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Lemon-Garlic Pasta e Fagioli: Coming Back to Life

By March 27, 2015January 7th, 2023Cuisine, Mediterranean

Well, that’s a week we won’t get back.

HRH and I were knocked for about six hundred and sixty-six last week by that dreaded Moscow flu.  White Bean, spinach, chicken soup

HRH fell first, which is as it should be since his superpower is not chicken soup, whereas mine, as we know, is.   But then, after two solid days of playing Florence Nightingale, I too was felled. And that was it: for about four more days we shuffled around the flat, engaged in a subtle Cold War-esq silent struggle to see who was the sicker.

It put a lot of things into perspective. Like the utter uselessness of the flu shot I got in January as well as some insight into the whole #WhereisPutin debacle from earlier this month. One of the more sane explanations as to his whereabouts was that he had also been felled by this flu. Which most people thought was not really a suitable excuse for disappearing without a trace for the better part of ten days.

     Well, now that I’ve had this flu, all I can say is: Vladimir Vladimirovich: tout comprendre, c’est tout pardonner.

Seriously, I’m not kidding about this flu — it’s like a flu on steroids, or the last cut from the Varsity pneumonia team. It involved a cough so virulent, I had to go out and get some of that ICY HOT stuff to put on…my back. That’s right. My back was so painful from all the coughing I was doing.

Anyway, I’m happy to say that we’re finally climbing out of the flu morass and gradually getting our strength back.   HRH has almost returned to his full on 8:00 a.m to 10:00 p.m schedule, and I managed to put in a good seven hours at the desk yesterday and another three in the kitchen. Not before time. Having put a major dent in my chicken soup reserves in the freezer, I needed something to continue our Dickensian style building up. HRH announced that he needed a lengthy hiatus from chicken noodle soup, and for once, I agree with him.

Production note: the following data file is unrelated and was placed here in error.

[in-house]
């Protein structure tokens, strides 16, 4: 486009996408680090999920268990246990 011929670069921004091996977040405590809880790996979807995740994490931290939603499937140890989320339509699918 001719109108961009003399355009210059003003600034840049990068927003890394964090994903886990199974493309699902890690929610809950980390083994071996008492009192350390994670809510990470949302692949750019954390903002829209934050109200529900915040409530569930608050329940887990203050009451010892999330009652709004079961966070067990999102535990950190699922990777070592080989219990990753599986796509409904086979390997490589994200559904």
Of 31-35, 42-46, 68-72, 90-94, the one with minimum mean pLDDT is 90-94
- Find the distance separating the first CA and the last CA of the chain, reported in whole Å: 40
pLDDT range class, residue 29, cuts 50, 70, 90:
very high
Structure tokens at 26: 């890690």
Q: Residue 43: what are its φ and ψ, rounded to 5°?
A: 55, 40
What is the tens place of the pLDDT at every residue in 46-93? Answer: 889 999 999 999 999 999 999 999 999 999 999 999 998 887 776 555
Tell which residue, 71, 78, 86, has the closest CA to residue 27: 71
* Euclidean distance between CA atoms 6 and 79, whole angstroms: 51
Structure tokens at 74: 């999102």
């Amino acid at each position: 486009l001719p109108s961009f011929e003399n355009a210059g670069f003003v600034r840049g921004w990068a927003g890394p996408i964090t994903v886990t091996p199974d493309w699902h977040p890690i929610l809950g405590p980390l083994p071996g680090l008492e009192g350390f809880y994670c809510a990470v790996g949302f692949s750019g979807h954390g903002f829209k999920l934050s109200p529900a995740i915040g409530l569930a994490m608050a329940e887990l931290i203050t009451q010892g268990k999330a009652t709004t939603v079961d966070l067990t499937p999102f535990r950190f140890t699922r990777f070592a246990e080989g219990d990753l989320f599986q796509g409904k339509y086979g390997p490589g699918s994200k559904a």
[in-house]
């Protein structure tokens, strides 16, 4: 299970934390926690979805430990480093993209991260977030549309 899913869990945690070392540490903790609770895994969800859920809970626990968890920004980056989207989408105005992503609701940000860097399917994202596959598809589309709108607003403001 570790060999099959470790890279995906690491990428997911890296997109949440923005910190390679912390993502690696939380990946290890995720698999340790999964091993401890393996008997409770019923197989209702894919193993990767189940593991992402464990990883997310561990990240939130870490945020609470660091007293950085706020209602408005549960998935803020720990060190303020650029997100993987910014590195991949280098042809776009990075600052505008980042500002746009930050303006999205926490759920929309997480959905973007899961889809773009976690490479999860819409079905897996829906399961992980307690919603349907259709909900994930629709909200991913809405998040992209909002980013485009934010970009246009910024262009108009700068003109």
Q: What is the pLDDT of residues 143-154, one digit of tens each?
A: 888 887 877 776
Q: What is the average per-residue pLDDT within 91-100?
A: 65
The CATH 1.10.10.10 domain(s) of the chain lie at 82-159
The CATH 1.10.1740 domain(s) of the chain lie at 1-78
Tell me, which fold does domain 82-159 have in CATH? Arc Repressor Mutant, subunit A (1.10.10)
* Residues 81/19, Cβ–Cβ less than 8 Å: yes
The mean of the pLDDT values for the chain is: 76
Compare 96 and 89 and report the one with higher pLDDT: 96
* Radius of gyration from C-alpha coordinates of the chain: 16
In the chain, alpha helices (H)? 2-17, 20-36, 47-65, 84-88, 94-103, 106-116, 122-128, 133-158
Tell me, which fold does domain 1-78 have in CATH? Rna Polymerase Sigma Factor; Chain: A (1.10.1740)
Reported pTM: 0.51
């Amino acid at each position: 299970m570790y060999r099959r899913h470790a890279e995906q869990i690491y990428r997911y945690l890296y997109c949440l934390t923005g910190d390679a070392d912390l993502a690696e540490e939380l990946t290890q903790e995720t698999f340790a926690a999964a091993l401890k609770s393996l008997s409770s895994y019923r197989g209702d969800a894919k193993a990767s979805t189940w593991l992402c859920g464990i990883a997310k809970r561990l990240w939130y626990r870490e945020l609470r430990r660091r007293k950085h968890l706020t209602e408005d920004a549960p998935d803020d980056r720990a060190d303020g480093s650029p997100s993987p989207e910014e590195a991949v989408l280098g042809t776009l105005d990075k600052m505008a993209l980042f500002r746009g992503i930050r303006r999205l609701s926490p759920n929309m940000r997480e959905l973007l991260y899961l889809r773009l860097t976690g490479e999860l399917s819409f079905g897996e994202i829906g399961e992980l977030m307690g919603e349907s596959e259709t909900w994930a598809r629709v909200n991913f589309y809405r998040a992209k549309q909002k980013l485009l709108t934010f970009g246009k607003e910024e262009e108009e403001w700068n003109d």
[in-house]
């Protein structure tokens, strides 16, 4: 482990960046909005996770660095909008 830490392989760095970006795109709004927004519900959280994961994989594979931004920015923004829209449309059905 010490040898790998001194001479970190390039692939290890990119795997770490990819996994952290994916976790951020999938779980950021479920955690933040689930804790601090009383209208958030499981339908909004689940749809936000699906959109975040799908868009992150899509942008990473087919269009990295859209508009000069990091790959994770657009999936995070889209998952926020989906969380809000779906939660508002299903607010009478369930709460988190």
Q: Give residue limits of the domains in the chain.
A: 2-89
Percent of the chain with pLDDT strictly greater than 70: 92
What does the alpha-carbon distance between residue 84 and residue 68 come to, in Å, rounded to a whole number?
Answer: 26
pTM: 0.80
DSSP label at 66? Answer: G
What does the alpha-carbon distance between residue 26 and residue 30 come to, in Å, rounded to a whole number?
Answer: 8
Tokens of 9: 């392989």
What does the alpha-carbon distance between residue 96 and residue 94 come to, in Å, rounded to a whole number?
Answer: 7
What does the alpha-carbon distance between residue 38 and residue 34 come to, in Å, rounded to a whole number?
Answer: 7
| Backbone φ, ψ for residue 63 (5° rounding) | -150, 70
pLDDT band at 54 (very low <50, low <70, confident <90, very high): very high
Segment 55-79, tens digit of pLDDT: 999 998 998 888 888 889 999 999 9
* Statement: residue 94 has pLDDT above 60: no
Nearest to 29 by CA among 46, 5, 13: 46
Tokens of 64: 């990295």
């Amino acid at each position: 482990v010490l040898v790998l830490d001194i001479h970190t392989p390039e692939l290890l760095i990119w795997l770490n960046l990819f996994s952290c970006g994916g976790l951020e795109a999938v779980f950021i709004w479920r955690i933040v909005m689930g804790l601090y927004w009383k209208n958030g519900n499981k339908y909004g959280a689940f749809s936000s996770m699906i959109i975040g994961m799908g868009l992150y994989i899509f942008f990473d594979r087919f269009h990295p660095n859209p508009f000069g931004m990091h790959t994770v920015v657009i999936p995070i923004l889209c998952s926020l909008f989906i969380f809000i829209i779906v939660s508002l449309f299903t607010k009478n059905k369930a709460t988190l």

A package of white beans lurking in the back of the pantry gave me my idea, as did a large jar of preserved lemons I’d put up before the dreaded flu hit. As I’ve mentioned before, I’m trying to eat more beans, pulses, and grains and a recent slam dunk with Black Bean Soup sent me into the kitchen resolved to make some Pasta e Fagioli – that marvelously flexible cousin of Minestrone.

Deconstructing Pasta e Fagioli

The success of this recipe definitely lies in taking the time to sculpt the flavor in the chicken broth with lemon and garlic, so don’t think you can get away with a cube of Gallina Blanca for this — you can’t. Because we are still all stuffed up, I added a genres pinch of cayenne pepper to try and blast through my still-stuffed up sinuses.

Strictly speaking, Pasta e Fagioli doesn’t usually have spinach in it, but I threw some in not only for a boost of color, but also for the ”vitmamini” HRH is always saying we don’t get enough of in winter. And spinach goes with white beans, doesn’t it?

To turn this into a full on meal, add a poached egg or some shredded chicken and you’ll tick the protein box twice, since the white beans add a lot of that already. Feel free to play around with the shape of pasta — but my advice is to keep it on the small(er) side: it all depends on what you can get these days, but try Ancini di Pepe, Ditalini, Pastina, or Orzo.

And then, there’s the Parmesan. Yes, I’ve still got a kilo or six lurking in my fridge from a trip to Rome, but for the purpose of formalizing this recipe for the blog, I decided to be a purist. So I went over to Don Guiloio Salumeria – Prodotti Italiani and purchased some from them. I don’t know how this charming little boutique, with two locations — one on Pokrovka, 27 str. 1 and the other at Malaya Bronnaya 22/15 does it, but they’ve got some amazing mozzarella, ricotta, and Parmesan, as well as some really delicious preserves, including every kind of pesto you can imagine, some artichokes alla Romagna and gorgeously flavorful sun-dried tomatoes. If you are a lover of things Italian, check them out!